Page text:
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NOAA > NWS > CPHC Home Page > Annual Archives > 1958
The 1958 Central Pacific Tropical Cyclone Season


On August 7 a tropical storm suddenly appeared immediately off Hilo on the island of Hawaii. Thereafter it moved directly across the island and on August 8 proceeded westward as a weakened circulation that passed only a few miles south of Maui, Lanai, Molokai and Oahu, and a short distance south of Kauai. This storm was most strongly felt on the Big Island. At Hilo winds reached sustained speeds of 30 knots with gusts of 45 knots. In other areas of the island, as judged by damage, winds reached sustained speeds of at least 50 knots with gusts of 75 knots or more.

On Maui, Lanai, Molokai, and Oahu, wind speeds exceeded 35 knots sustained and 50 knots in gusts in many different localities, again as judged by the resulting damage.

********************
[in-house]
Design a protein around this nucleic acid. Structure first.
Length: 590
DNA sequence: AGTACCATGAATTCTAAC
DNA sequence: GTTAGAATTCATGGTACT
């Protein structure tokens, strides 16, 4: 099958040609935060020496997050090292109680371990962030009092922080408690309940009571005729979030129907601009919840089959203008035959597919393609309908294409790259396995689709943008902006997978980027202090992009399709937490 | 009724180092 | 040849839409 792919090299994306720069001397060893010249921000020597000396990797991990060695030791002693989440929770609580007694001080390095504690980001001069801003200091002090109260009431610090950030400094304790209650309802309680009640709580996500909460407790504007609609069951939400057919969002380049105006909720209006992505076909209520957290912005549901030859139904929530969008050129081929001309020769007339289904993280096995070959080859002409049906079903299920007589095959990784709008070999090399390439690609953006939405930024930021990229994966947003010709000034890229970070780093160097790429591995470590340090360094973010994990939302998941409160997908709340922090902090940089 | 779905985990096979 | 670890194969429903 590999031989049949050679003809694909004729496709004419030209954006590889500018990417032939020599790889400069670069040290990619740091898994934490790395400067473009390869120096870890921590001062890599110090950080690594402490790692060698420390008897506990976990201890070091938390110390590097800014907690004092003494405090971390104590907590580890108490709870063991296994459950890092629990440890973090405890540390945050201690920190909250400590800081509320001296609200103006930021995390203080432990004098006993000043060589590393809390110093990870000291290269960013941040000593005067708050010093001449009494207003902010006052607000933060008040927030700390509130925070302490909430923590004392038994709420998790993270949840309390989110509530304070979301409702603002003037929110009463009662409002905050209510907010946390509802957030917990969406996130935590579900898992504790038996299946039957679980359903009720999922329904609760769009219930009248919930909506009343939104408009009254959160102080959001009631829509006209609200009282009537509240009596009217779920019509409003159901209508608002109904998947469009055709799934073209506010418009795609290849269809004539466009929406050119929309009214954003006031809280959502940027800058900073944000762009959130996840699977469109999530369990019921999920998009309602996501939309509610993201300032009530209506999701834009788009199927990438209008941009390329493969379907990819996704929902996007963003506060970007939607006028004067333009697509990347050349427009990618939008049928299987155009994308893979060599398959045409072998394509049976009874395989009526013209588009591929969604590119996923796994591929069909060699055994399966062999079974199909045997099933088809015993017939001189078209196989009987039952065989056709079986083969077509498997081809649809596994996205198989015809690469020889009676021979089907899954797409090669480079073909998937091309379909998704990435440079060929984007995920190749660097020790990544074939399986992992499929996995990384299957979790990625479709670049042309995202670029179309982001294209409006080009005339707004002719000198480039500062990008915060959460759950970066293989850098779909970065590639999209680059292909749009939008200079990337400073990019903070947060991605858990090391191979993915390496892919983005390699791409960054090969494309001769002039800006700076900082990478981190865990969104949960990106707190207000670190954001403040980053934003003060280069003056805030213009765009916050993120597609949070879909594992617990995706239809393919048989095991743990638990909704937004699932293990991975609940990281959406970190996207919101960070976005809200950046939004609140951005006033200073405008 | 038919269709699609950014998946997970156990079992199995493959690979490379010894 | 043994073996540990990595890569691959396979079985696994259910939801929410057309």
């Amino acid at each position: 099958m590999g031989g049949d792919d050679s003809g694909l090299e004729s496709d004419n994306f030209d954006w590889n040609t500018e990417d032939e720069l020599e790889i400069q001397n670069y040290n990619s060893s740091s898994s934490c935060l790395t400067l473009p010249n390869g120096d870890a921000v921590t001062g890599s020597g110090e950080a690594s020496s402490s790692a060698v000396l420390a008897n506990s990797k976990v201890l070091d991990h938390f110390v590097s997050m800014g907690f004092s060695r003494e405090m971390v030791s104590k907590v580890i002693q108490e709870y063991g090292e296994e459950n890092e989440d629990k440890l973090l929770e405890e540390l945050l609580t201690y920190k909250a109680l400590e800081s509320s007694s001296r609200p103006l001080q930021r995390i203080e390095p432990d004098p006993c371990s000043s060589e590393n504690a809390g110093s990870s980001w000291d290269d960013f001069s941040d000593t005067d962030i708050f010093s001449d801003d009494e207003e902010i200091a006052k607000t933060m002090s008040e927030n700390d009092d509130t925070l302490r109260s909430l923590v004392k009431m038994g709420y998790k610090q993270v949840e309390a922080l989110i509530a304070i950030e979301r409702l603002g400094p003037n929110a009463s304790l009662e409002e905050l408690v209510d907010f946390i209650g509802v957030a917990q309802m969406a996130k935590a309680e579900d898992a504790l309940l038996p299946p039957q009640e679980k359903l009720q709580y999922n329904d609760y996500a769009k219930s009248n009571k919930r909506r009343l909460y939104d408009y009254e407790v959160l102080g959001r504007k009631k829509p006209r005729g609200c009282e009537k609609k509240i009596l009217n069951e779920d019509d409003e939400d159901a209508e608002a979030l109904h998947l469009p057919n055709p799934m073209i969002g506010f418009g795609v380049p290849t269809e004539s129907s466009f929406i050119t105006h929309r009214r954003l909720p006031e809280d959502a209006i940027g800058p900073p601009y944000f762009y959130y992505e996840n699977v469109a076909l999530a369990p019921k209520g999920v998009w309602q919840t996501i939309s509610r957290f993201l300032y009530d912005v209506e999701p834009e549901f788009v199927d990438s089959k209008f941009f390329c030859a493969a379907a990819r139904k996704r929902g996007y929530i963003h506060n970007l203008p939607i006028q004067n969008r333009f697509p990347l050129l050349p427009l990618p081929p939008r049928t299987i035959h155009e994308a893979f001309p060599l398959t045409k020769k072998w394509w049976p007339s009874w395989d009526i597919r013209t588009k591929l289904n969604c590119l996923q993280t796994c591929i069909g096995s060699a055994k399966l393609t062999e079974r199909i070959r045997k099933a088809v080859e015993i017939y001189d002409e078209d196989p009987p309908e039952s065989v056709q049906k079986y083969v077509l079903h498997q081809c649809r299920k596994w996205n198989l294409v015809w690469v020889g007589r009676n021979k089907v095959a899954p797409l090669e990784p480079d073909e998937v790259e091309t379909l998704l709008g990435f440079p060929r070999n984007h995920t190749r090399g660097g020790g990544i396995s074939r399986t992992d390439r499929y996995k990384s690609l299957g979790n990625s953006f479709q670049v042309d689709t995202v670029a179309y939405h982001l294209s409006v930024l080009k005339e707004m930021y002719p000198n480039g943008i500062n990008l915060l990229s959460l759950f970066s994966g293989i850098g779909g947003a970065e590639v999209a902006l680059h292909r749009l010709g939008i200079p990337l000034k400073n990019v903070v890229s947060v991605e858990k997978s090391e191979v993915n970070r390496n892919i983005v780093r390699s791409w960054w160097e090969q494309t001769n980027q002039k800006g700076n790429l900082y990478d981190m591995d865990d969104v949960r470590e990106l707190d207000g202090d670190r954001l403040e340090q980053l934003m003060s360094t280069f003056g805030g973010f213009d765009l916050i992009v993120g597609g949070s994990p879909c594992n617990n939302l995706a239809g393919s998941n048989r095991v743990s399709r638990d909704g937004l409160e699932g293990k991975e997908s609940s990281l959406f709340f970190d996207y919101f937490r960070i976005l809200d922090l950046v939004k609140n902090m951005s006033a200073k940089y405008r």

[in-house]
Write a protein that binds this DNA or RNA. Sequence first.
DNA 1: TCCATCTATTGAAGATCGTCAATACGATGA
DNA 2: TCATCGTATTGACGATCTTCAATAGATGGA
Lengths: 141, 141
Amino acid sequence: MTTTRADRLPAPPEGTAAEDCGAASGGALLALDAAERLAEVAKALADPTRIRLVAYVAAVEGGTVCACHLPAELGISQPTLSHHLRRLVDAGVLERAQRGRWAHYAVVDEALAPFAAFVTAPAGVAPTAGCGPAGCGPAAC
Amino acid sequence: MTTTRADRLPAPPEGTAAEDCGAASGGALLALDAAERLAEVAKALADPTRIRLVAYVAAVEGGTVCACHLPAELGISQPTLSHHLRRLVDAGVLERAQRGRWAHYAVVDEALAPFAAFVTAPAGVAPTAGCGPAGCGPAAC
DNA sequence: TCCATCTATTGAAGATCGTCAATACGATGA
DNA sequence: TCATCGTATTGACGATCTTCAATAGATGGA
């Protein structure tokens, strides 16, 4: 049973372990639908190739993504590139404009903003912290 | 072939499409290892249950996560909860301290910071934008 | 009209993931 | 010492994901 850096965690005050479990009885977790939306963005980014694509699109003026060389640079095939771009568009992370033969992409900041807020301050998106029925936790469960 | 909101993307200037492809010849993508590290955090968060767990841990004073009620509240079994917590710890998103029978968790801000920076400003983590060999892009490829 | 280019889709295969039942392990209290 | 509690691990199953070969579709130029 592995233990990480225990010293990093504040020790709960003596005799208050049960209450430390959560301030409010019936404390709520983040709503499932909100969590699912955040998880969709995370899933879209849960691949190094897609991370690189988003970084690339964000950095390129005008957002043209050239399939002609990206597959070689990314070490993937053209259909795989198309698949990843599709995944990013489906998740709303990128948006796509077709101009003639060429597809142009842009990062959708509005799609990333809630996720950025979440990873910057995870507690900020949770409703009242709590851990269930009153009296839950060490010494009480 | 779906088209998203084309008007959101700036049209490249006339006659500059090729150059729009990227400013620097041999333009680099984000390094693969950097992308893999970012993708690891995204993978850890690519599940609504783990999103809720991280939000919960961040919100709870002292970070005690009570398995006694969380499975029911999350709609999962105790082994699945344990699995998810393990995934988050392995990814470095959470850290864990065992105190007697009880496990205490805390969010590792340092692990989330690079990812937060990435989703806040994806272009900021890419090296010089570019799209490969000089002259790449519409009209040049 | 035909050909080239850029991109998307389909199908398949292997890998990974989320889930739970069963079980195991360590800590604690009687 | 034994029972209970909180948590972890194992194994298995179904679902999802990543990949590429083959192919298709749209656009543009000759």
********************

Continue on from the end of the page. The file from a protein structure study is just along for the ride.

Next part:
On all the Hawaiian Islands there was locally heavy to torrential rainfall. Storm damages on the island of Hawaii were estimated at $500,000 with several buildings destroyed or severely damaged, hundreds of trees down, three bridges out, and widespread damage to crops, roads, power and telephone lines, as well as scattered miscellaneous damage. On all other islands there was only scattered, minor damage, which probably amounted to less than $50,000. A private plane crashed near Hilo Airport on the 7th, killing the pilot and injuring the two passengers. No other deaths or injuries were directly attributable to the storm.